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U.S. Court In California Holds Claims For Reimbursement Were Pre-Empted By ERISA


HLD, v. 32, n. 12 (December 2004)

U.S. Court In California Holds Claims For Reimbursement Were Pre-Empted By ERISA

In November 1997, California Pacific Medical Center (California Pacific) entered into an agreement with Interplan Corporation (Interplan) and Redwood Empire Electrical Workers Health and Welfare Trust Fund (Redwood Empire) to provide medical services to beneficiaries of Redwood Empire's healthcare plan. In April 2001, a beneficiary was admitted to California Pacific and gave birth to a child, and both mother and child suffered from severe complications. The total treatment for both was over $1.1 million, and under the agreement California Pacific was entitled to $828,900 for the medical services it provided. California Pacific contacted Interplan and Zenith Administrators, Inc. (Zenith), Redwood Empire's third-party administrator of the plan about payment. Concentra Preferred Systems, Inc. (Concentra) was hired by a reinsurer of Redwood Empire to seek reductions in reimbursement claims. Concentra later claimed it received a special discount from an employee of California Pacific, and California Pacific claimed the employee did not have the authority to negotiate or agree to any discount for the services. California Pacific claimed it was underpaid for the services by $485,900.

In June 2004, California Pacific filed its initial complaint, and in July 2004 it filed its first amended complaint (FAC) against Concentra, Interplan, Redwood Empire, and Zenith (defendants) for breach of contract, unfair business practices, services rendered, unjust enrichment, and declaratory relief. Redwood Empire removed the case to the federal court on the grounds the federal court had exclusive jurisdiction because the claims arose under the Employee Retirement Income Security Act (ERISA). Defendants moved to dismiss California Pacific's FAC on the grounds the claims were pre-empted by ERISA.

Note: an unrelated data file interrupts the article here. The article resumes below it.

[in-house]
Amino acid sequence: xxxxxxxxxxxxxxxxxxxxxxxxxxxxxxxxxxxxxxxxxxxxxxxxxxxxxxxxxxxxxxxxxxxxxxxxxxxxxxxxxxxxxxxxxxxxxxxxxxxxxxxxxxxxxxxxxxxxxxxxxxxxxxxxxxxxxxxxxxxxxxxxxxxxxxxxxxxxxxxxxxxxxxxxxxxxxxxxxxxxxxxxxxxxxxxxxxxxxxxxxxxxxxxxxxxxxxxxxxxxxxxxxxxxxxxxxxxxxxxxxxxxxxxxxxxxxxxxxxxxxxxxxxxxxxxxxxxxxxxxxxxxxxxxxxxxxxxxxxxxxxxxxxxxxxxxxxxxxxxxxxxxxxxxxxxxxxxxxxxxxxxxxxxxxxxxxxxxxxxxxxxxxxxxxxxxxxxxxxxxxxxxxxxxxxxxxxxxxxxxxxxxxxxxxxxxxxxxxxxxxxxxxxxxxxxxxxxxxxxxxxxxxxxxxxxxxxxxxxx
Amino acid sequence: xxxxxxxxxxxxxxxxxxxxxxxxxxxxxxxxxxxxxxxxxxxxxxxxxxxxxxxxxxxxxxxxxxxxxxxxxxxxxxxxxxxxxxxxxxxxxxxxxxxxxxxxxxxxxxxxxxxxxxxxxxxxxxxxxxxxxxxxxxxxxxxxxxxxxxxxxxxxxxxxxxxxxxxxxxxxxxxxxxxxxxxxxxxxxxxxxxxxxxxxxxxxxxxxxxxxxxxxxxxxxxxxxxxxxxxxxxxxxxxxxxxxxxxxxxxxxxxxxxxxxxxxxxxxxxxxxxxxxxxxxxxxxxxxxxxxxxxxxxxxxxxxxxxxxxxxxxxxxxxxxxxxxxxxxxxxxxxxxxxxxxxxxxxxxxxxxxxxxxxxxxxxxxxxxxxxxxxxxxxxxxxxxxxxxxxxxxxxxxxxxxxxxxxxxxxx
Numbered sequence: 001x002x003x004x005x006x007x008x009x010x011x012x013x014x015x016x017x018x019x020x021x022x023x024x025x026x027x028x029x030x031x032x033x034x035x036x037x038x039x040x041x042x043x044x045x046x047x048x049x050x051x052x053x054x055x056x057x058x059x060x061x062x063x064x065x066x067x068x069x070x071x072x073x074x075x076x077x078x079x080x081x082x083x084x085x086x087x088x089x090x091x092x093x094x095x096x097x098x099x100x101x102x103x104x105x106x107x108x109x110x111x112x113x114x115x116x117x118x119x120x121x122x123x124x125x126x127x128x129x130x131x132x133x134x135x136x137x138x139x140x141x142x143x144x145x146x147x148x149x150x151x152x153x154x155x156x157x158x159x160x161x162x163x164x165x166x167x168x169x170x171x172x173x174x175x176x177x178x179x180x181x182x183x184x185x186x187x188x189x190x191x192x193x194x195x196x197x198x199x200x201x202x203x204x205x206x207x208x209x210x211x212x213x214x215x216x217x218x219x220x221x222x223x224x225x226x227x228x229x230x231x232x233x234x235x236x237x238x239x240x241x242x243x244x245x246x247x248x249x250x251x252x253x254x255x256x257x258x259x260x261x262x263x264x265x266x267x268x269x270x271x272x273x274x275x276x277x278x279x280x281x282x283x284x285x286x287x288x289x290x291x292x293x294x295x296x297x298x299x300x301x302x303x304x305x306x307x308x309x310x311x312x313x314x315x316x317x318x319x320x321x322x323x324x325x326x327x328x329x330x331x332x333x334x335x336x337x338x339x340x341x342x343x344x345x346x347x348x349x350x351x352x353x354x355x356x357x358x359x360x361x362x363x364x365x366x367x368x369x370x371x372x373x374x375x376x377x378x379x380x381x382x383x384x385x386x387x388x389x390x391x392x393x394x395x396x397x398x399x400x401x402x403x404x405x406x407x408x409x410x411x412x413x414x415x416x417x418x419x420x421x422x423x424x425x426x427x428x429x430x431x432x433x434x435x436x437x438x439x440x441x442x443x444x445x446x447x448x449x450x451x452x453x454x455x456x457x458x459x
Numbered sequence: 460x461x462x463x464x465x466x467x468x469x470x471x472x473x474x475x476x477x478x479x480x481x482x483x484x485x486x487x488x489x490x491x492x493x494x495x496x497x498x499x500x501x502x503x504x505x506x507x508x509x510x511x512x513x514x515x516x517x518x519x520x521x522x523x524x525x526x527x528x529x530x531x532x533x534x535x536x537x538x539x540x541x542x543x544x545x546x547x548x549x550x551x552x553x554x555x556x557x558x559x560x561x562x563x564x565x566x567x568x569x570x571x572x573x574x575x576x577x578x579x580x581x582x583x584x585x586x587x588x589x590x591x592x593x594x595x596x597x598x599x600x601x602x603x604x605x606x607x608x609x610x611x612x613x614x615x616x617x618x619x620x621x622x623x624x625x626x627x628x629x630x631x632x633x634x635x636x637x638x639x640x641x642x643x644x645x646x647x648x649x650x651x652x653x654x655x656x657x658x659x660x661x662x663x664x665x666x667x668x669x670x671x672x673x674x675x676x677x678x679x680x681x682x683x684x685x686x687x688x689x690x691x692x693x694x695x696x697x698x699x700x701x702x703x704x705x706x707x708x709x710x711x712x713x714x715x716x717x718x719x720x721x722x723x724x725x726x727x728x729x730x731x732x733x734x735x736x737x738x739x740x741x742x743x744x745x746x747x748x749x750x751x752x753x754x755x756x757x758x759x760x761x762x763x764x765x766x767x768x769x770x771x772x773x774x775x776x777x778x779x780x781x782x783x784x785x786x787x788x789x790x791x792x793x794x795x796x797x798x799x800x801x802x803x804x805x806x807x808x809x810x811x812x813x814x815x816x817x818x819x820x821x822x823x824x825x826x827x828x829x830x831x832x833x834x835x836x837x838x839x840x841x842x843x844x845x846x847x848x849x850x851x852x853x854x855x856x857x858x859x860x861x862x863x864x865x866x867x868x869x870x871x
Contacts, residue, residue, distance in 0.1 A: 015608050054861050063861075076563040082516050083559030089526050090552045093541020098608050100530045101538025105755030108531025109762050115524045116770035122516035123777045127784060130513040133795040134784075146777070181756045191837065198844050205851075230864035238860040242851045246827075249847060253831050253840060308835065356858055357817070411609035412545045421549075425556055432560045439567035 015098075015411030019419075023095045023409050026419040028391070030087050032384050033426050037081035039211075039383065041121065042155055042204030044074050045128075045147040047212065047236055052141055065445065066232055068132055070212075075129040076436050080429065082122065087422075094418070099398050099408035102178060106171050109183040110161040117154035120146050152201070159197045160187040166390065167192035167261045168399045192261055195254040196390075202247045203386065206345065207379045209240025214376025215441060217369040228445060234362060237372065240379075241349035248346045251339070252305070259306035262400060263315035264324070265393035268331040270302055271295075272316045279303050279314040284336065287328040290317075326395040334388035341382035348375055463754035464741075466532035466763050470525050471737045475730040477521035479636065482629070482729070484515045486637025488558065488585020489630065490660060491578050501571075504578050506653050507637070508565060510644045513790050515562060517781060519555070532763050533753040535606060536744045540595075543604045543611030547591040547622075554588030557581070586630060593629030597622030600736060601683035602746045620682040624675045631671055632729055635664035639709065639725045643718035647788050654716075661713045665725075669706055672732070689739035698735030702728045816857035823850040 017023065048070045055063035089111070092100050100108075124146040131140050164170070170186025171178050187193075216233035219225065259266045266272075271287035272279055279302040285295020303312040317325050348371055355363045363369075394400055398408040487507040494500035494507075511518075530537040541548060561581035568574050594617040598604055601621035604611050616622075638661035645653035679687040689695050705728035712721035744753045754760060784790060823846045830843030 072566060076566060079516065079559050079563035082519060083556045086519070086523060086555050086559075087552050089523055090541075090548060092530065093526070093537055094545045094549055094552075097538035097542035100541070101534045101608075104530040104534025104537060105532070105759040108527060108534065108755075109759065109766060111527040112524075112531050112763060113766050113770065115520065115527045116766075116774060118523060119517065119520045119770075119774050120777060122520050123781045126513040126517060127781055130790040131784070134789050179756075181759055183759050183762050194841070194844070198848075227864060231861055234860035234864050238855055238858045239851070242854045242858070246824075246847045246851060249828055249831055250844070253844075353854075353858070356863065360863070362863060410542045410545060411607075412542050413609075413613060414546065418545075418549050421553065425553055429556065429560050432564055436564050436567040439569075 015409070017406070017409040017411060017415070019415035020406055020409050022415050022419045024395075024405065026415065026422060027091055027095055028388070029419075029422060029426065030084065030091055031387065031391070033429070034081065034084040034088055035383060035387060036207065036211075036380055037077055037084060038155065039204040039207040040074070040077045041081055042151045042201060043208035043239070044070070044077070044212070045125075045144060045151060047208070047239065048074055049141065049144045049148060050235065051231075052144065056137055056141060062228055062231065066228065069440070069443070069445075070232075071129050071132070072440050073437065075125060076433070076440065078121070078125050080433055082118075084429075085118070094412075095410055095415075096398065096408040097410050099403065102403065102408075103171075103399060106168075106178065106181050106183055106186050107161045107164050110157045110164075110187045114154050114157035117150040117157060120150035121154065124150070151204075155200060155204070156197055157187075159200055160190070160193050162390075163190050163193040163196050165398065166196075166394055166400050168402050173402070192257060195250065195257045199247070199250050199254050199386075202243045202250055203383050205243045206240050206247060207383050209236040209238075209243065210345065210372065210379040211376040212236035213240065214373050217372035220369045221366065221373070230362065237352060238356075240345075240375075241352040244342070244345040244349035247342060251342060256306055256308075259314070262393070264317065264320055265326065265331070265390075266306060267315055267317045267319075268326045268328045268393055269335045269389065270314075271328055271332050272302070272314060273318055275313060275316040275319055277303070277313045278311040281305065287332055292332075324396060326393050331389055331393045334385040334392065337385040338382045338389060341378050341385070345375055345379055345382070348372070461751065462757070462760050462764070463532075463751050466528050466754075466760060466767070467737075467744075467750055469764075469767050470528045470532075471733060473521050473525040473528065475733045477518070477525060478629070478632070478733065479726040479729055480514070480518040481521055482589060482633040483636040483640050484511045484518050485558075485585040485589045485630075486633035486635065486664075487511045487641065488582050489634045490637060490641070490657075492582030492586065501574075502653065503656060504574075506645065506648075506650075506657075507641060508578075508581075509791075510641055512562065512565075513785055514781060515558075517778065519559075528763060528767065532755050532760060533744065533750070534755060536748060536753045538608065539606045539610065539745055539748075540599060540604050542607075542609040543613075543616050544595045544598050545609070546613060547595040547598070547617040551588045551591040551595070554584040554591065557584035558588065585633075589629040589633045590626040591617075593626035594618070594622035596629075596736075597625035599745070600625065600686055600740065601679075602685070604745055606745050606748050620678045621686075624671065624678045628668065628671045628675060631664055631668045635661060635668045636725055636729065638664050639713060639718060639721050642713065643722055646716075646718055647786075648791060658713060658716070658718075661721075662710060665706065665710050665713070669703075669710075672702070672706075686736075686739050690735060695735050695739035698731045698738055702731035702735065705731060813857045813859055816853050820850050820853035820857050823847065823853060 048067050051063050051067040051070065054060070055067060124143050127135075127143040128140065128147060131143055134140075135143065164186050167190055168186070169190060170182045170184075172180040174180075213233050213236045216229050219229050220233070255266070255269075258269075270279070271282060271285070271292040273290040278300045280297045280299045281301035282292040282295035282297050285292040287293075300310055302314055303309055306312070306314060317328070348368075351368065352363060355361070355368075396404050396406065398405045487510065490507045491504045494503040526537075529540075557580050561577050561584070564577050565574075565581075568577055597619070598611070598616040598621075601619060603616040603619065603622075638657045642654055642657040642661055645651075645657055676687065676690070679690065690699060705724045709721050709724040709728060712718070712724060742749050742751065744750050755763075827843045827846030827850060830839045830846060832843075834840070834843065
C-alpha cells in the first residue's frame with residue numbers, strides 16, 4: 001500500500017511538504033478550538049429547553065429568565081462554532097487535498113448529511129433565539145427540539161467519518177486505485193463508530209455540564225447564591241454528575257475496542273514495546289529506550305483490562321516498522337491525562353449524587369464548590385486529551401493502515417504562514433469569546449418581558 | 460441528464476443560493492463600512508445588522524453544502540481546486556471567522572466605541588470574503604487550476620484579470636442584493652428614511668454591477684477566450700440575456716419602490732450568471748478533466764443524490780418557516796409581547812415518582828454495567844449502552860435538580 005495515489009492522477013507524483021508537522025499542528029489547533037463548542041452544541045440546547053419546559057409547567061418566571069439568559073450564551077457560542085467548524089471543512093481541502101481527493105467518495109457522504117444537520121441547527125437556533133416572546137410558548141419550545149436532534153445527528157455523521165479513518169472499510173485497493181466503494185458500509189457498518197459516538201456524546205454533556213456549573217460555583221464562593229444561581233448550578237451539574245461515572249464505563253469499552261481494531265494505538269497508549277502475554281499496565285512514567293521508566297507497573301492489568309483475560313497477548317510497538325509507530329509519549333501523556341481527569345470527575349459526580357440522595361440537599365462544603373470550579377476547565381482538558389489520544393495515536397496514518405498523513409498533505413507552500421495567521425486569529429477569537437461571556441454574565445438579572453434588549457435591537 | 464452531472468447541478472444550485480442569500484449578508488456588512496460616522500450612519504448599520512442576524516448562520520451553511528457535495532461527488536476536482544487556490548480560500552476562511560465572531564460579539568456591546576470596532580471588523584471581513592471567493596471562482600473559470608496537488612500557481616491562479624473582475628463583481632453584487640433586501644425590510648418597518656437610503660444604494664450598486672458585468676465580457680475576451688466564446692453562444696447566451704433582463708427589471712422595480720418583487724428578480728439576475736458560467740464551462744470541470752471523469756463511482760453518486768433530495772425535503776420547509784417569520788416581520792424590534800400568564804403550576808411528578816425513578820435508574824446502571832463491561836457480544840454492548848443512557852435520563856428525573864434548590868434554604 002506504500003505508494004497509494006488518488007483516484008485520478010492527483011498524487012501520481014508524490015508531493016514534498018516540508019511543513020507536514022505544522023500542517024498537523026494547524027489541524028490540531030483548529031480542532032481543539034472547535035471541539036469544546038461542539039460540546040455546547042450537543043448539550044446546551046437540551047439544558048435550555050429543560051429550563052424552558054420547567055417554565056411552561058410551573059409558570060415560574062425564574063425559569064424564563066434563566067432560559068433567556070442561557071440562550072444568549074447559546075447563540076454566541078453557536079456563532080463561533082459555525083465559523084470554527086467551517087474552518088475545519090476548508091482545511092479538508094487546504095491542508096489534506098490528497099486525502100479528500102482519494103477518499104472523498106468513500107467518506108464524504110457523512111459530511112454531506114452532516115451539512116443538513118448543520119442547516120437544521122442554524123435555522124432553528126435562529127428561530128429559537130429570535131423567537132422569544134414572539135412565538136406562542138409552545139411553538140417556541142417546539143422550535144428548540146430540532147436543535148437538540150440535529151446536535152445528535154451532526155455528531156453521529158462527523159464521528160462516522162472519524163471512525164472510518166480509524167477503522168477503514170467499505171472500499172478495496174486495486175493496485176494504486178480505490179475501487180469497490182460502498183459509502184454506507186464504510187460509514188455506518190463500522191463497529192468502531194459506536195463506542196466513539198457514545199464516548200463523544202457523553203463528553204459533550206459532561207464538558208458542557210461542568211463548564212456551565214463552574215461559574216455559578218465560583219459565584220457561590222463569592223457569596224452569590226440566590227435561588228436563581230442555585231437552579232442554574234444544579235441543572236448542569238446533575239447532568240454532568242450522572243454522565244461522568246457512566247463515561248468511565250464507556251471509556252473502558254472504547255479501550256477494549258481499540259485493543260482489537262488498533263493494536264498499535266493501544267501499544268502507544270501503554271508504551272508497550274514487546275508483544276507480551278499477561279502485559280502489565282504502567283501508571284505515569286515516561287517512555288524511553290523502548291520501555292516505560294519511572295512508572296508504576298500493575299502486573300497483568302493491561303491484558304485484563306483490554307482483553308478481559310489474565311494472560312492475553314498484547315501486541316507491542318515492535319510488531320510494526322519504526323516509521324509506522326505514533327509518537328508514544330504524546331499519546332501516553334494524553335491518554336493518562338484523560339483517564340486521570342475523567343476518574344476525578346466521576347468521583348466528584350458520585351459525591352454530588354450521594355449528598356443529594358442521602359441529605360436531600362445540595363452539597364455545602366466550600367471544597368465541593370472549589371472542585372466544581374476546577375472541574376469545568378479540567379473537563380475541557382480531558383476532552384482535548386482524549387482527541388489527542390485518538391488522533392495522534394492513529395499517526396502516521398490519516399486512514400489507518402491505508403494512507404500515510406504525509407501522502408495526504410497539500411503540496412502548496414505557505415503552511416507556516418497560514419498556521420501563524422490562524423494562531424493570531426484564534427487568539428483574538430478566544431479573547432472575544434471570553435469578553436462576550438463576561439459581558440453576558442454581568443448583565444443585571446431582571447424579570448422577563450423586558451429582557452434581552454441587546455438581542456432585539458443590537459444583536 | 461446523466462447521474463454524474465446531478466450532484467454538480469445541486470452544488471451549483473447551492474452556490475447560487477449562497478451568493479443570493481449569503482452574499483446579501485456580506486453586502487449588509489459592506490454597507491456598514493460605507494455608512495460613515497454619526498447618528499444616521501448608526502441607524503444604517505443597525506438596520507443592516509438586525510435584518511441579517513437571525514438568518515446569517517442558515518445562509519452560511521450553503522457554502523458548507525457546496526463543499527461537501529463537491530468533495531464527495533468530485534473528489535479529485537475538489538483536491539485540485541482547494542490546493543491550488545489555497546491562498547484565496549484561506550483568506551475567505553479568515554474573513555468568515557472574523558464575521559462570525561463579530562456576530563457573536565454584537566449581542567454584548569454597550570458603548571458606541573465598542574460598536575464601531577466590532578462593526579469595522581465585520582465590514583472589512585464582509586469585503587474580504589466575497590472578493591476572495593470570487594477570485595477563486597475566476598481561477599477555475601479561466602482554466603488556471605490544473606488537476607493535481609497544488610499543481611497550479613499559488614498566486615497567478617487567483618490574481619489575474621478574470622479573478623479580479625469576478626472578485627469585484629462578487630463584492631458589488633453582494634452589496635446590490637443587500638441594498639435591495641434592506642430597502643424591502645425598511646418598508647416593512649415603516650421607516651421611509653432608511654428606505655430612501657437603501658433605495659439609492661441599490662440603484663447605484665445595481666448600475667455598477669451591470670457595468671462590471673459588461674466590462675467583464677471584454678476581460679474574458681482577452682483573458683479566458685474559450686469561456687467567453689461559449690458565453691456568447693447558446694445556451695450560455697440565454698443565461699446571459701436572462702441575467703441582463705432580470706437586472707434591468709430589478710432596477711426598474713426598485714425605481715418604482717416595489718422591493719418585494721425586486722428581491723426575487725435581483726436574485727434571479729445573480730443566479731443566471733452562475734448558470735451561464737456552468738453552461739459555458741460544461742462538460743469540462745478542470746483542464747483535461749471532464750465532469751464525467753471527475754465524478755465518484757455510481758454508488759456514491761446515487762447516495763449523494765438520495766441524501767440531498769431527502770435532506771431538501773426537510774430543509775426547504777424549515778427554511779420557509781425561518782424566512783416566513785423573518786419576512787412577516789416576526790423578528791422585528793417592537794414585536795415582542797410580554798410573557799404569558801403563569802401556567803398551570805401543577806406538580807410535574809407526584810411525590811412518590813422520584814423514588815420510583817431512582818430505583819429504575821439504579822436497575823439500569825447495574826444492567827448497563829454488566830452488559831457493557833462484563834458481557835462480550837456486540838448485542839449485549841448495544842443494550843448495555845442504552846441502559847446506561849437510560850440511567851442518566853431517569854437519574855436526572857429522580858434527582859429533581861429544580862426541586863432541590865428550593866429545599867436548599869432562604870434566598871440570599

The U.S. District Court for the Northern District of California granted defendants' motion to dismiss and granted California Pacific's motion to file a second amended complaint. California Pacific argued its claims were not pre-empted by ERISA because the claims were not related to the administration of the plan. The court noted that the Supreme Court recently decided in Aetna Health, Inc. v. Davila, 124 S.Ct. 2488 (2004), that "Congress' intent to make the ERISA civil enforcement mechanism exclusive would be undermined if state causes of action that supplement ERISA � 502(a) remedies were permitted." California Pacific's claims arose in connection with the administration of the plan, said the court, because the claims were based on the obligation of defendants to provide services to an eligible beneficiary and the services would have to be covered by the plan. Because California Pacific obtained an assignment of benefits from the patient, the dispute was between California Pacific and defendants and went to the fundamental purpose of the plan. Thus, the claims in the FAC would not exist "but for" defendants' failure to reimburse California Pacific for the services that were provided. The court reviewed each of California Pacific's claims and determined they were all pre-empted by ERISA because the state law claims were "an alternative enforcement mechanism of an ERISA provision." Therefore, the court granted defendants' motion to dismiss the FAC, and granted plaintiff leave to file a second amended complaint that would assert claims for relief under ERISA.

California Pacific Med. Ctr. v. Concentra Preferred Sys., Inc., No. C 04-3083 SBA, 2004 WL 2331876 (N.D. Cal. Oct. 15, 2004). 

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